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High School Students Whose Parents Did Not Attend College: Do Stressful Circumstances Relate to their Academic Success?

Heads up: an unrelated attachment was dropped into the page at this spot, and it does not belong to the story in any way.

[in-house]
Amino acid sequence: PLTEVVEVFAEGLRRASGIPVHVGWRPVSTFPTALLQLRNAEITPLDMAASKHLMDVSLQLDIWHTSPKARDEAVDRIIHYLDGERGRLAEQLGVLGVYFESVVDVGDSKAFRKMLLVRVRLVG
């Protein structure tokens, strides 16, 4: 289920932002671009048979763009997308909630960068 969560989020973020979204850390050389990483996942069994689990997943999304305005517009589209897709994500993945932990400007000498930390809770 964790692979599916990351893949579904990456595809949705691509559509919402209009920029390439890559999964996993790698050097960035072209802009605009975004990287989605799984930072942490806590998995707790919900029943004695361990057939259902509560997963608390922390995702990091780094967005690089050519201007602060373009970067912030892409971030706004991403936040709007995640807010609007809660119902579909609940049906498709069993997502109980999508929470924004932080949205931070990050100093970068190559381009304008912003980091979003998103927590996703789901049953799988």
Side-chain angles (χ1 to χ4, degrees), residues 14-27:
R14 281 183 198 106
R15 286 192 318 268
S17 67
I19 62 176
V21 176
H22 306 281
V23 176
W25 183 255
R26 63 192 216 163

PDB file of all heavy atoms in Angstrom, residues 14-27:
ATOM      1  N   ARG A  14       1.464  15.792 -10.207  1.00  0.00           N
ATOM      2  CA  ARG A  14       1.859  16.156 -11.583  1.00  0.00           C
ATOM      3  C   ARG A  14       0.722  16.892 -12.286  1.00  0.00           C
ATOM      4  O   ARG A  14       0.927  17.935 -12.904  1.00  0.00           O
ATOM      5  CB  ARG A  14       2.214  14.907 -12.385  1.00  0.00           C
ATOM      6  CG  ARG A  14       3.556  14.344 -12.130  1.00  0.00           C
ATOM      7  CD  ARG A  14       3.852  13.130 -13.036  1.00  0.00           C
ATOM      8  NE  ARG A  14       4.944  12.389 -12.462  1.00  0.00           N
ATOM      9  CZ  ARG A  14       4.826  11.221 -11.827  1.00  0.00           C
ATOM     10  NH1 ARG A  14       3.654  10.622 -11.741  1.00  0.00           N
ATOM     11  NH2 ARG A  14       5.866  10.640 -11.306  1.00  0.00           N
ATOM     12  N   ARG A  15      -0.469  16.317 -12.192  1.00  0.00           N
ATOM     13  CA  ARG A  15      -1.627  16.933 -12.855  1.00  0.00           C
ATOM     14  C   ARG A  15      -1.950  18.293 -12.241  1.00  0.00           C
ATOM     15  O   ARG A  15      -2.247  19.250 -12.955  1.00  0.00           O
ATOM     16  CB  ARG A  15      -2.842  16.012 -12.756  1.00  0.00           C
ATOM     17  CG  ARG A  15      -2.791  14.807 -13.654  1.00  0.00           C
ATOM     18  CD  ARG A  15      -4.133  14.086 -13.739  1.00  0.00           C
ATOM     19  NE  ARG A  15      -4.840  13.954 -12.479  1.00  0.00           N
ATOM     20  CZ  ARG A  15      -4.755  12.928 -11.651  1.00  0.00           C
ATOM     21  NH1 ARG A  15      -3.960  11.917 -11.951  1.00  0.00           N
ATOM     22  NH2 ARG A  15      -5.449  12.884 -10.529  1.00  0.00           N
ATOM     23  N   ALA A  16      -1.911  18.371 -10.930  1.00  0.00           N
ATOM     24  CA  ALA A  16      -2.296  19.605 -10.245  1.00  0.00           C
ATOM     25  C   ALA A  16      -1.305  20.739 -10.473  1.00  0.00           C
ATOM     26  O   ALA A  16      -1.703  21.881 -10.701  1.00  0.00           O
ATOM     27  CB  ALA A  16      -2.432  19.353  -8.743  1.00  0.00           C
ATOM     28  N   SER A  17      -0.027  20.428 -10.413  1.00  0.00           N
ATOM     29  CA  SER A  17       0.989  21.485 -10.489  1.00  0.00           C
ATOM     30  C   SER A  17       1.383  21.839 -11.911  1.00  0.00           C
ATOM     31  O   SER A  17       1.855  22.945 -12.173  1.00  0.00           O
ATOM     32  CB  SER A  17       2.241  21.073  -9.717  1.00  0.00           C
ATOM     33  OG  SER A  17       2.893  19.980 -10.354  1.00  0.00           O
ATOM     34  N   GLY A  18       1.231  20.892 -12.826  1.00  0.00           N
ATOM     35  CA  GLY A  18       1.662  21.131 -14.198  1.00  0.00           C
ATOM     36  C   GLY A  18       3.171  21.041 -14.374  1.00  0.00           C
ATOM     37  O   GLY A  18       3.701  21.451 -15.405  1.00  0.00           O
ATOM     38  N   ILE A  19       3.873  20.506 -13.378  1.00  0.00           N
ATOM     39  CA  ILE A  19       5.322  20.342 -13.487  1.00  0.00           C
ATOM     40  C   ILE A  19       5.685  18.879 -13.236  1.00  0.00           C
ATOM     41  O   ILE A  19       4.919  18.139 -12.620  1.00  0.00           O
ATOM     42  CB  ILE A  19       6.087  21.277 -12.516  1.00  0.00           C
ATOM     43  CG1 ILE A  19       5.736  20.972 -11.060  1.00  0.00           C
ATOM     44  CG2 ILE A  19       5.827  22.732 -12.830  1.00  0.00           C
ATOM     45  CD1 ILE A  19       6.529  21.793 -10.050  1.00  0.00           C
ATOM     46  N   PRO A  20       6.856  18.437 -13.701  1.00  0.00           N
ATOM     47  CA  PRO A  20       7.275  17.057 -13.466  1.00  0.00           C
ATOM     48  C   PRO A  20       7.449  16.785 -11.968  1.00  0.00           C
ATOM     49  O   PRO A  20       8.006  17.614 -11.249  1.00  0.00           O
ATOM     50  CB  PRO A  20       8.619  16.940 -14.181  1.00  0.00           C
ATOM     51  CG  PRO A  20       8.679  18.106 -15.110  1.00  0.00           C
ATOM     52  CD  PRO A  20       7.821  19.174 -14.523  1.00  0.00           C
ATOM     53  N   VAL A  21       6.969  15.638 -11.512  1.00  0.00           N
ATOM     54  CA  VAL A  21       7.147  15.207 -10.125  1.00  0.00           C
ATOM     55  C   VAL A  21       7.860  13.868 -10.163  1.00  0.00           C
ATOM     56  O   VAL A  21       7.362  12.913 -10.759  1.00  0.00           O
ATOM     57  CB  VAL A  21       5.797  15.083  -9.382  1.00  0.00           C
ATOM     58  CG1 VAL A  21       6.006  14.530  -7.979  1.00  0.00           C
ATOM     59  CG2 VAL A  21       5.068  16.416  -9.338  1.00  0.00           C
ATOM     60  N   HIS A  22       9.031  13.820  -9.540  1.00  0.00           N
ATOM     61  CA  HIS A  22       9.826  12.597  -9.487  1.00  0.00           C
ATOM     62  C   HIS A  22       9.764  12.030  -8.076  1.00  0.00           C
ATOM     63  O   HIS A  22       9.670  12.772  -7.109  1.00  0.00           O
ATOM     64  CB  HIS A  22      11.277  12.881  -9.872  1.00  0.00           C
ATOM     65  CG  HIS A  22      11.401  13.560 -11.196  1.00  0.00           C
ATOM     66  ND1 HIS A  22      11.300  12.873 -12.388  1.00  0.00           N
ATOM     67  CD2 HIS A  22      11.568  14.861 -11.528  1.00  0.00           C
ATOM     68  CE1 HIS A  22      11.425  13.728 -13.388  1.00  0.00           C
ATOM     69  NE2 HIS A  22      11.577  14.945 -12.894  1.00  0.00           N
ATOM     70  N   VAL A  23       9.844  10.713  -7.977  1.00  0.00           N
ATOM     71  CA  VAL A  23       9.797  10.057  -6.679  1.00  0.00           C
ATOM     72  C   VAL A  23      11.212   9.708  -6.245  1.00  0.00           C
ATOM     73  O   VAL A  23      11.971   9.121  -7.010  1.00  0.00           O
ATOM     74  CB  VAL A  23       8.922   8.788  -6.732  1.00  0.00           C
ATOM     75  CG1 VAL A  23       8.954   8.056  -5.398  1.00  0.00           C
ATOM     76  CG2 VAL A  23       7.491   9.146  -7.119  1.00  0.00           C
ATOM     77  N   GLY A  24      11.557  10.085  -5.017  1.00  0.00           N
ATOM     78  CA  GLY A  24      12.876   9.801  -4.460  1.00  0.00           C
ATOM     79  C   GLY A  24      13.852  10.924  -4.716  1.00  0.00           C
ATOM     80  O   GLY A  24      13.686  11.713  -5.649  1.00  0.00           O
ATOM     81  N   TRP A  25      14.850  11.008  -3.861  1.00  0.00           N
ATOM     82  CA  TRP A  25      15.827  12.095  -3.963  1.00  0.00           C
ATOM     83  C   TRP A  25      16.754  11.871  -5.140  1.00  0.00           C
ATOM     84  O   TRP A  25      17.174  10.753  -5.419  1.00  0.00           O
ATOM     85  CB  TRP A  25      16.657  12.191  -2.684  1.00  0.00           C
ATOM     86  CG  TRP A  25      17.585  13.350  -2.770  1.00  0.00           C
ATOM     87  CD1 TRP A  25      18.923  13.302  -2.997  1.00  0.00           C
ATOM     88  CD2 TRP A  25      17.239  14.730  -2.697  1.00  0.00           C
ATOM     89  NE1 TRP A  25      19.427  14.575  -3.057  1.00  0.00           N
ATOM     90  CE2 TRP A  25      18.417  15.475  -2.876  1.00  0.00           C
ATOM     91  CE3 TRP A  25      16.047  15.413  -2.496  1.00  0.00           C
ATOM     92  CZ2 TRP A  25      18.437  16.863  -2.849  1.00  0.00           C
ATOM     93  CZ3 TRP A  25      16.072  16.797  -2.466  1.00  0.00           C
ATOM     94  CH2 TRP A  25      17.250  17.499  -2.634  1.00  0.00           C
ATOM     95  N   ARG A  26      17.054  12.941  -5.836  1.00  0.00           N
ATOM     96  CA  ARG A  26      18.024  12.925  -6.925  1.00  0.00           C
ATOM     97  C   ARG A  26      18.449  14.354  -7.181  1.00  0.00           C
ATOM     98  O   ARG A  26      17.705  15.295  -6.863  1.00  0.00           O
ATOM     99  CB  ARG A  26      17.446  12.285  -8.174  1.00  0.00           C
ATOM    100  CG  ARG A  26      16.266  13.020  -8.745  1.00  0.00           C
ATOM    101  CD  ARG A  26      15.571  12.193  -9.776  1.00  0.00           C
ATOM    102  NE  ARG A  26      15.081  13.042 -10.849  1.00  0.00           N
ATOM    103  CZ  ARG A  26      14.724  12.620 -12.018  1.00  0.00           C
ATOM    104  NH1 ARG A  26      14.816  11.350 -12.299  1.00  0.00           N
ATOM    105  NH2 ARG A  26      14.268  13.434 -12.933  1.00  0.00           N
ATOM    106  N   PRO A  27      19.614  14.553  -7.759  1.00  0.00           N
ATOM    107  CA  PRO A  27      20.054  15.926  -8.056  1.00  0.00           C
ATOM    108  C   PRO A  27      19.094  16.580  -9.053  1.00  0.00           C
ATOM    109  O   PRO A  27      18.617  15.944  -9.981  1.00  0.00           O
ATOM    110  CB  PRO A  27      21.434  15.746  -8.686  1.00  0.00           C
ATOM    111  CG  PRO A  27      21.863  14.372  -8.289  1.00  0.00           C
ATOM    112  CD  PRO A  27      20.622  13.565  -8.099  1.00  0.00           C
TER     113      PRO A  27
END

A growing body of evidence links demographic characteristics such as socio-economic status with exposure to stressful circumstances and physical and mental health outcomes (Adler, Boyce, Chesney, Cohen, Folkman, Kahn & Syme, 1994; Aldwin, 2007; Cohen, Doyle & Baum, 2006). This study applies a stress and coping framework to the relationship between stressful life experience and secondary and post-secondary schooling outcomes among students. This research investigates how parental level of education relates to exposure to stressful circumstances (life events, school stressors, and role strain) and whether these relationships influence four educational outcomes: high school math and reading achievement, college matriculation, and college degree attainment. This study is a secondary analysis of the National Education Longitudinal Study (NELS:88/2000), using a subsample of 7,989 high school students followed between 1988 and 2000. Results showed that students without college-educated parents are exposed to more stressful circumstances. This difference in exposure did not account for group differences in learning outcomes. Still, overall, exposure to certain stressors affects student high school achievement over the entire sample, and total life event stress exposure in high school relates to students' overall ability to finish a college degree. The unique contribution of this work is that it 1) employs a stress and coping conceptual framework applied to high school achievement and post-secondary opportunity; and 2) constitutes a rigorous study with robust statistical controls. This research informs interventions aimed at improved achievement and opportunity among high school students with high stressor exposure, in which low income and students of color are disproportionately represented (Organista, 2007).

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